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Scones

Scones (February 27, 2011)

Baking soda and baking powder have a lot in common. The two share the same first name, live on the same shelf and hold the same job: hoisting baked goods.

Hot, heavy and dangerous work. And indispensable to the cause of fluffy pancake or tender scone.

There are those in the pantry who look down on the powdery pair, who insist that height, loft and levity can be achieved only via whipped egg or warm yeast. Still, the home cook knows that the chemical leavener makes quick work of quick bread.

Assuming she chooses the right one.

The cook casts her mind back to chemistry, which, with its beaker and formula and apron, held a kitchenlike charm. She recalls that baking soda is nothing but sodium bicarbonate. Alone, it does nothing. Mixed with vinegar or another acidic ally, it bubbles. Which explains why the buttermilk biscuit or sour-cream coffeecake gets its lift from baking soda.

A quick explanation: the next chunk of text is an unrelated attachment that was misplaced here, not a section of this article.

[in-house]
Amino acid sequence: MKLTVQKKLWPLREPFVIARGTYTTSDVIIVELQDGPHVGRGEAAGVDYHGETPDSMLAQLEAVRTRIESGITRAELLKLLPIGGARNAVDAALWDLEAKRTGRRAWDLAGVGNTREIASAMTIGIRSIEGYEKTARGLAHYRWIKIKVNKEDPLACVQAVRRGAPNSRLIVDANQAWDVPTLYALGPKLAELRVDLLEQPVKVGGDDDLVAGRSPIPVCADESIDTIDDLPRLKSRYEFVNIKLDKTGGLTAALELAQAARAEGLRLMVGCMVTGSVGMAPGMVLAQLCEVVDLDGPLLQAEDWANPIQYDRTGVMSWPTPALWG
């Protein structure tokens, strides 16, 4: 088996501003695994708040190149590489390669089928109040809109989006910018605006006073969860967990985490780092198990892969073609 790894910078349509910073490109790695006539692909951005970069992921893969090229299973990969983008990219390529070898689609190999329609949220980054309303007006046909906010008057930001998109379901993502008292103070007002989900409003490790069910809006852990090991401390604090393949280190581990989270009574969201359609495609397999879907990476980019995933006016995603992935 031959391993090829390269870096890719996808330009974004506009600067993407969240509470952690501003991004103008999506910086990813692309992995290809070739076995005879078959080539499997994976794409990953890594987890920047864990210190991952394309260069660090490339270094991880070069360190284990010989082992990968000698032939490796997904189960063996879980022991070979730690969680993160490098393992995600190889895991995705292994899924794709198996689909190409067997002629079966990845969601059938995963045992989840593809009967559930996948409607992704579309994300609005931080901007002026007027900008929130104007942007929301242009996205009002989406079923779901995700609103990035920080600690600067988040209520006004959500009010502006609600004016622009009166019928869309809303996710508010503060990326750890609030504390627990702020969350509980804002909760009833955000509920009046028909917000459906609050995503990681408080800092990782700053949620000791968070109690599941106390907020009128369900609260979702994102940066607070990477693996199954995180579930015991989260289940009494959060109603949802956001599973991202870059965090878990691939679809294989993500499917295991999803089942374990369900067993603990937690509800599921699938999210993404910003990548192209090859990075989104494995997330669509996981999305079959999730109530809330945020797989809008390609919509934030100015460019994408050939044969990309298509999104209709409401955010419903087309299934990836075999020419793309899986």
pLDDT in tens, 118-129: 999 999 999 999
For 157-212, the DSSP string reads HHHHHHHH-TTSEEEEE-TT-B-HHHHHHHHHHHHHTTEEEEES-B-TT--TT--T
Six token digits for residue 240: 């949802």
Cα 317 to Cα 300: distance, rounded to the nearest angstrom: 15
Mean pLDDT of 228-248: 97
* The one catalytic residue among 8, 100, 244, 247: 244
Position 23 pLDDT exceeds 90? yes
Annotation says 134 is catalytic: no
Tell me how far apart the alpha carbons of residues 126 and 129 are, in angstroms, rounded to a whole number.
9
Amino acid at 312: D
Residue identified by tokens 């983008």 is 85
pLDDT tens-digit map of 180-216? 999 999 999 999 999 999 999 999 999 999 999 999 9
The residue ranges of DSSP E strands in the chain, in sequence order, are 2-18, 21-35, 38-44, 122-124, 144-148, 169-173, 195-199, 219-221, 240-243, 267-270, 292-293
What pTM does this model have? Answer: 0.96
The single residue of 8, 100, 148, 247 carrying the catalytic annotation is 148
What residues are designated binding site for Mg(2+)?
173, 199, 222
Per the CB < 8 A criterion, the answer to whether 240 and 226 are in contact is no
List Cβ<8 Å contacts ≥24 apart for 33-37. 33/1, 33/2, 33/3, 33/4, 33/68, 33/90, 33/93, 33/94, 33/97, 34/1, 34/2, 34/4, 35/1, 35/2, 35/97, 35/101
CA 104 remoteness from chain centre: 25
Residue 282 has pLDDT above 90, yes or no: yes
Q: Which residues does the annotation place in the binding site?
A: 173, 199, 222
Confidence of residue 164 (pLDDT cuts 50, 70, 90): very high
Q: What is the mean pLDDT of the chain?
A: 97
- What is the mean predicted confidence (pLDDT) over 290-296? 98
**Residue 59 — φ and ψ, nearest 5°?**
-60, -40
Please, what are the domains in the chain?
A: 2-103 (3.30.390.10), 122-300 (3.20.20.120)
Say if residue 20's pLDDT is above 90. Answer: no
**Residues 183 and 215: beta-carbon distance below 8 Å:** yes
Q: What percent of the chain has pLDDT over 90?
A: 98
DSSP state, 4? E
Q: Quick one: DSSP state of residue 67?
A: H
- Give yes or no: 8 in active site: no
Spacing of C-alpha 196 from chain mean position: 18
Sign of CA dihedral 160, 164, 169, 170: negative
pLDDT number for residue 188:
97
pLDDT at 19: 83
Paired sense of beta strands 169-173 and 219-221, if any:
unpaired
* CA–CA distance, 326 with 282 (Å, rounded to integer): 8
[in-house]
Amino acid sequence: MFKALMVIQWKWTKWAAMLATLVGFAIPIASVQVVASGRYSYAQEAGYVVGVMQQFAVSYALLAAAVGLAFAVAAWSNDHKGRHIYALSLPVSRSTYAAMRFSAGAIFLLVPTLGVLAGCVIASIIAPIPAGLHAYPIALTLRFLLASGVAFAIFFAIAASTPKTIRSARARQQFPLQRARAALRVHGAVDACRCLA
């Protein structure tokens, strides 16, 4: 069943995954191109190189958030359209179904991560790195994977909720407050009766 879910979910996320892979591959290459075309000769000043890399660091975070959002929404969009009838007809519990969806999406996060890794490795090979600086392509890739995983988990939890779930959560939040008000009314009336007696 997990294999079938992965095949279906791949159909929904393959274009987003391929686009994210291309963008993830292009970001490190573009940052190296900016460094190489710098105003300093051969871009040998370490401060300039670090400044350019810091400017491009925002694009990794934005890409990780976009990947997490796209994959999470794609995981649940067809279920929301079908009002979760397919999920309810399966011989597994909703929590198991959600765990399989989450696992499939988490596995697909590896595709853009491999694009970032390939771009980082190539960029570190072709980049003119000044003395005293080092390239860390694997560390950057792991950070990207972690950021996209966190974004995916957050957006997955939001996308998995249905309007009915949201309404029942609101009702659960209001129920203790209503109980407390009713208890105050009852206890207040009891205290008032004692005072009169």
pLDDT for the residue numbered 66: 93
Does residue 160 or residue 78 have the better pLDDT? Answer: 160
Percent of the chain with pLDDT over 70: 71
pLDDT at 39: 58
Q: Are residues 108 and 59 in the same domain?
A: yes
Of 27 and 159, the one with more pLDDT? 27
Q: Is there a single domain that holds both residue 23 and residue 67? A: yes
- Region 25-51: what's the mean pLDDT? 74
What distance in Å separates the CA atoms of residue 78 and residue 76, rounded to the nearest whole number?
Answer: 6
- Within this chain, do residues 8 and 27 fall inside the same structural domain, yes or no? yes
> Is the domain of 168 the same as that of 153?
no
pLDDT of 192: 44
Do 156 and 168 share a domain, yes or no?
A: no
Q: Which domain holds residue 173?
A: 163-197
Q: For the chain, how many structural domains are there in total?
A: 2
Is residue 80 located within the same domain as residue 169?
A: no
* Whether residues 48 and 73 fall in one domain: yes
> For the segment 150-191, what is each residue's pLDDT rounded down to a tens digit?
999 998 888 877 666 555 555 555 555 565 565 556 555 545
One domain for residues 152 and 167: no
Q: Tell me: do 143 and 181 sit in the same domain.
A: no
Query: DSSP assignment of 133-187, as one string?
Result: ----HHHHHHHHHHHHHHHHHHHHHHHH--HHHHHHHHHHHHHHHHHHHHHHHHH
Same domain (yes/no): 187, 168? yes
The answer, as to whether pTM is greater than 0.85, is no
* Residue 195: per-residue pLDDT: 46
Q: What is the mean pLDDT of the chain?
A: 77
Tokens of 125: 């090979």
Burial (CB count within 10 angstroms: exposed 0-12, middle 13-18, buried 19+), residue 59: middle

Baking powder also contains sodium bicarbonate, mixed with an acidic kick-start (or two). It can go it alone in cake batter or cookie dough, no need for sour yogurt or tart lemon. Its brawny "double action" means it's laced with two catalysts: one that starts cold, one that kicks in when hot. Battering batter with the old one-two.

The home cook keeps these talents in mind, never presuming that one can sub for the other. She knows that the muffin — like the rest of us — needs many a problem-solving tool. Including the modern approach: collaboration.

Leah Eskin is a Tribune special contributor.

leahreskin@aol.com

Take a Stroll Scones

Prep: 15 minutes

Bake: 15 minutes

Makes: 8 scones

1 cup plus 2 tablespoons flour

3/4 cup rolled oats

1/4 cup plus 1 tablespoon light brown sugar

1 teaspoon cinnamon

1 teaspoon baking powder

1 teaspoon baking soda

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